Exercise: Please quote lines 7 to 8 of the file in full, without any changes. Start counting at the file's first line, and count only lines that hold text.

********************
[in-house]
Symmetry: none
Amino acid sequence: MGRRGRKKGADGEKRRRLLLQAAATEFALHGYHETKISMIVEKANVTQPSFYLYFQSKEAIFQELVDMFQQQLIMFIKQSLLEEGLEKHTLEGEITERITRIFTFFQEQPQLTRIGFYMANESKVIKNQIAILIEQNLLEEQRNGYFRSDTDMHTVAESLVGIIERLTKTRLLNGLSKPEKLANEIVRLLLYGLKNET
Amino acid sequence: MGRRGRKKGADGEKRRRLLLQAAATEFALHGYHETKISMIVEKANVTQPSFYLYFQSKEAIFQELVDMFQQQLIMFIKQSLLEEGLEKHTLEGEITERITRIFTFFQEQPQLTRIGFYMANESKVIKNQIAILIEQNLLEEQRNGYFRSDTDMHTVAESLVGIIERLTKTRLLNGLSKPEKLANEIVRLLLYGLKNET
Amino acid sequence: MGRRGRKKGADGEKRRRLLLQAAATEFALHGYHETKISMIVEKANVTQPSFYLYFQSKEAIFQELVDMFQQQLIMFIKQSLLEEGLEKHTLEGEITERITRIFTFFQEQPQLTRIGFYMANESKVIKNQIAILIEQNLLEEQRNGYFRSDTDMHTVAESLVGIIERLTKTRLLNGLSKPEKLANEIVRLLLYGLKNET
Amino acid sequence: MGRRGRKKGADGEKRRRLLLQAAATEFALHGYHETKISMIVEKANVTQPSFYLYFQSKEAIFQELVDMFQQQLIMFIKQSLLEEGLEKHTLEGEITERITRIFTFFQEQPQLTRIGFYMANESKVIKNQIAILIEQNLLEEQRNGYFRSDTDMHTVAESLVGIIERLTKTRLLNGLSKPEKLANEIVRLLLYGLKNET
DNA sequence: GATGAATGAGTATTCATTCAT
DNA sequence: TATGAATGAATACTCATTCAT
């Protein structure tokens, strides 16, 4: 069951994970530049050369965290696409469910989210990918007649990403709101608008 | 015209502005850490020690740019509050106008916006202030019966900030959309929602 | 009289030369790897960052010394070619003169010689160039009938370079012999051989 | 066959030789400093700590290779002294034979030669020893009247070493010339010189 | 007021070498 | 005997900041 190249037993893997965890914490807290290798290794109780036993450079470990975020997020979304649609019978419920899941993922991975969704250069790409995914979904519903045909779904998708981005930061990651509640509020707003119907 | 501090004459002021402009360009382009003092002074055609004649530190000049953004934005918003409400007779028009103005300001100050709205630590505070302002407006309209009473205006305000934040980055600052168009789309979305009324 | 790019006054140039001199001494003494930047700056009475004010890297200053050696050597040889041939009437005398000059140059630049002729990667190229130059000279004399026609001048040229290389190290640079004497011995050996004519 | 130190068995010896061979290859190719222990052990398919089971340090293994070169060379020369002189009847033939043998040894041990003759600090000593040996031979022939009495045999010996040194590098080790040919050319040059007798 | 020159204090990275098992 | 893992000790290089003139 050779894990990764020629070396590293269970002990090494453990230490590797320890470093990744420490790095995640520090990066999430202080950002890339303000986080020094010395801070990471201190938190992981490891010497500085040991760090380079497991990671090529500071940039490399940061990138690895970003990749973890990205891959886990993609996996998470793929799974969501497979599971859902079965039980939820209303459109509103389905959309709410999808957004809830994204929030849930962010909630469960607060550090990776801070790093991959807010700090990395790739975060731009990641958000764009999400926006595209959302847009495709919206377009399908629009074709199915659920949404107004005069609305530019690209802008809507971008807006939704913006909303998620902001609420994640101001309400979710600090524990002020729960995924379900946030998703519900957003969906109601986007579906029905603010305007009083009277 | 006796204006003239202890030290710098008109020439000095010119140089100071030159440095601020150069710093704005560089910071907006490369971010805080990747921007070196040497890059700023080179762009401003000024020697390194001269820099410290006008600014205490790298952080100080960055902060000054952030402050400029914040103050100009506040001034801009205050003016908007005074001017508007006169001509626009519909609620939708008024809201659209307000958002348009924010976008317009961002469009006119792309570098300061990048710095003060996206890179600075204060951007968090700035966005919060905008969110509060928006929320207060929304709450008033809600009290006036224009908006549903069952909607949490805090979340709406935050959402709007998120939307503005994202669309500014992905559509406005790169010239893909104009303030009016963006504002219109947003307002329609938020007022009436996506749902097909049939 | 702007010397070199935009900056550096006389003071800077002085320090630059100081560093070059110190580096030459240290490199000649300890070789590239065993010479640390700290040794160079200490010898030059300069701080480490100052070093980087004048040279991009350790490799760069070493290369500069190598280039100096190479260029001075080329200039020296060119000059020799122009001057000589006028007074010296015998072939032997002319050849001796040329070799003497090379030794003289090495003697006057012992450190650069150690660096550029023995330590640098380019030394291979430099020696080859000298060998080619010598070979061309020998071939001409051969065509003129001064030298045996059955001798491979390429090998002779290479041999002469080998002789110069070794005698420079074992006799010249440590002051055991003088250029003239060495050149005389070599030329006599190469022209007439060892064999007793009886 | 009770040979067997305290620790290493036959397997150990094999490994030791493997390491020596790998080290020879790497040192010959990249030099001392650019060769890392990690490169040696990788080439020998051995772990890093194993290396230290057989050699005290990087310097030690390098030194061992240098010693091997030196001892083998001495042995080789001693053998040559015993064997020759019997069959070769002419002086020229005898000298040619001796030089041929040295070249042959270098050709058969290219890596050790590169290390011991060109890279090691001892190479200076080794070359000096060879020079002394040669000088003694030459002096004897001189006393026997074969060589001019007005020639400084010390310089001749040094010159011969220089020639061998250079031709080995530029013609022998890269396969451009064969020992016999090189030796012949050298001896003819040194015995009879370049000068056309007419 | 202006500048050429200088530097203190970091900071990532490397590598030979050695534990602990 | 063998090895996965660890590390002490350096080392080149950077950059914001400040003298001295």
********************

DNA sequence: GATGAATGAGTATTCATTCAT
DNA sequence: TATGAATGAATACTCATTCAT